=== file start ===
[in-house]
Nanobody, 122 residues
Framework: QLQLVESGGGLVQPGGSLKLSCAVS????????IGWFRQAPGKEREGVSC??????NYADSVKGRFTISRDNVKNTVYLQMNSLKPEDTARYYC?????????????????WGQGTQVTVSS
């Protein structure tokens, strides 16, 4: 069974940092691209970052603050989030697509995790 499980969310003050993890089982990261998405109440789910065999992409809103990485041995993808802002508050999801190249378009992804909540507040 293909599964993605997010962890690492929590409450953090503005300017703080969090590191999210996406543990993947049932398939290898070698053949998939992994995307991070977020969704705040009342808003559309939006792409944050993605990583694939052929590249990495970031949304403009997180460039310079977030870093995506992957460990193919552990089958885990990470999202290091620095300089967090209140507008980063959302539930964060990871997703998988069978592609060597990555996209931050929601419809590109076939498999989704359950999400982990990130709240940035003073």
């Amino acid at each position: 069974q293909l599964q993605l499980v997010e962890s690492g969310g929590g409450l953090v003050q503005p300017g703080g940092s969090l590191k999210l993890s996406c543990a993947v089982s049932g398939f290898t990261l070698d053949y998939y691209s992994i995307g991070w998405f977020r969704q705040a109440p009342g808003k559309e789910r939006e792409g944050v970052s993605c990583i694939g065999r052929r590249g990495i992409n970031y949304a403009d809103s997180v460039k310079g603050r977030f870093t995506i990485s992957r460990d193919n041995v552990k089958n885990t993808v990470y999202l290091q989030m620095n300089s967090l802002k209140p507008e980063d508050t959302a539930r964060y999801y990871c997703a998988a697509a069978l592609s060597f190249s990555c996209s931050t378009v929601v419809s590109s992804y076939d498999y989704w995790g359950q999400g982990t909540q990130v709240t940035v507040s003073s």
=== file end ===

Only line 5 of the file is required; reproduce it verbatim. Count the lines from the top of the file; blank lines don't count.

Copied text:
């Amino acid at each position: 069974q293909l599964q993605l499980v997010e962890s690492g969310g929590g409450l953090v003050q503005p300017g703080g940092s969090l590191k999210l993890s996406c543990a993947v089982s049932g398939f290898t990261l070698d053949y998939y691209s992994i995307g991070w998405f977020r969704q705040a109440p009342g808003k559309e789910r939006e792409g944050v970052s993605c990583i694939g065999r052929r590249g990495i992409n970031y949304a403009d809103s997180v460039k310079g603050r977030f870093t995506i990485s992957r460990d193919n041995v552990k089958n885990t993808v990470y999202l290091q989030m620095n300089s967090l802002k209140p507008e980063d508050t959302a539930r964060y999801y990871c997703a998988a697509a069978l592609s060597f190249s990555c996209s931050t378009v929601v419809s590109s992804y076939d498999y989704w995790g359950q999400g982990t909540q990130v709240t940035v507040s003073s």